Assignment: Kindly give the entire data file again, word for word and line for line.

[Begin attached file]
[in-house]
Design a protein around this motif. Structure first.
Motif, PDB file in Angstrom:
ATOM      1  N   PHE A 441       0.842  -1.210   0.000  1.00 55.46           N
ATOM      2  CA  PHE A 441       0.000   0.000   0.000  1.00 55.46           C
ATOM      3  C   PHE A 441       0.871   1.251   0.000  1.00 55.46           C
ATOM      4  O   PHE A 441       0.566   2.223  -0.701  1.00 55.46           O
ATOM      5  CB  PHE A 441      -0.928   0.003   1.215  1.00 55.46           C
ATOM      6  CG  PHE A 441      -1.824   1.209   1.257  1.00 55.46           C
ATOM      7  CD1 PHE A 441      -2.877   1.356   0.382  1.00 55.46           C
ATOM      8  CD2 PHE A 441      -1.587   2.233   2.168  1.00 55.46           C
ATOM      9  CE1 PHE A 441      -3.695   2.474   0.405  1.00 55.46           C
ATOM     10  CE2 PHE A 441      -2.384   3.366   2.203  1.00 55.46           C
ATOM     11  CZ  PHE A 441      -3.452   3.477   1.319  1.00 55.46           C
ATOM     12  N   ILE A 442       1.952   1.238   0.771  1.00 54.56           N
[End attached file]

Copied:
[in-house]
Design a protein around this motif. Structure first.
Motif, PDB file in Angstrom:
ATOM      1  N   PHE A 441       0.842  -1.210   0.000  1.00 55.46           N
ATOM      2  CA  PHE A 441       0.000   0.000   0.000  1.00 55.46           C
ATOM      3  C   PHE A 441       0.871   1.251   0.000  1.00 55.46           C
ATOM      4  O   PHE A 441       0.566   2.223  -0.701  1.00 55.46           O
ATOM      5  CB  PHE A 441      -0.928   0.003   1.215  1.00 55.46           C
ATOM      6  CG  PHE A 441      -1.824   1.209   1.257  1.00 55.46           C
ATOM      7  CD1 PHE A 441      -2.877   1.356   0.382  1.00 55.46           C
ATOM      8  CD2 PHE A 441      -1.587   2.233   2.168  1.00 55.46           C
ATOM      9  CE1 PHE A 441      -3.695   2.474   0.405  1.00 55.46           C
ATOM     10  CE2 PHE A 441      -2.384   3.366   2.203  1.00 55.46           C
ATOM     11  CZ  PHE A 441      -3.452   3.477   1.319  1.00 55.46           C
ATOM     12  N   ILE A 442       1.952   1.238   0.771  1.00 54.56           N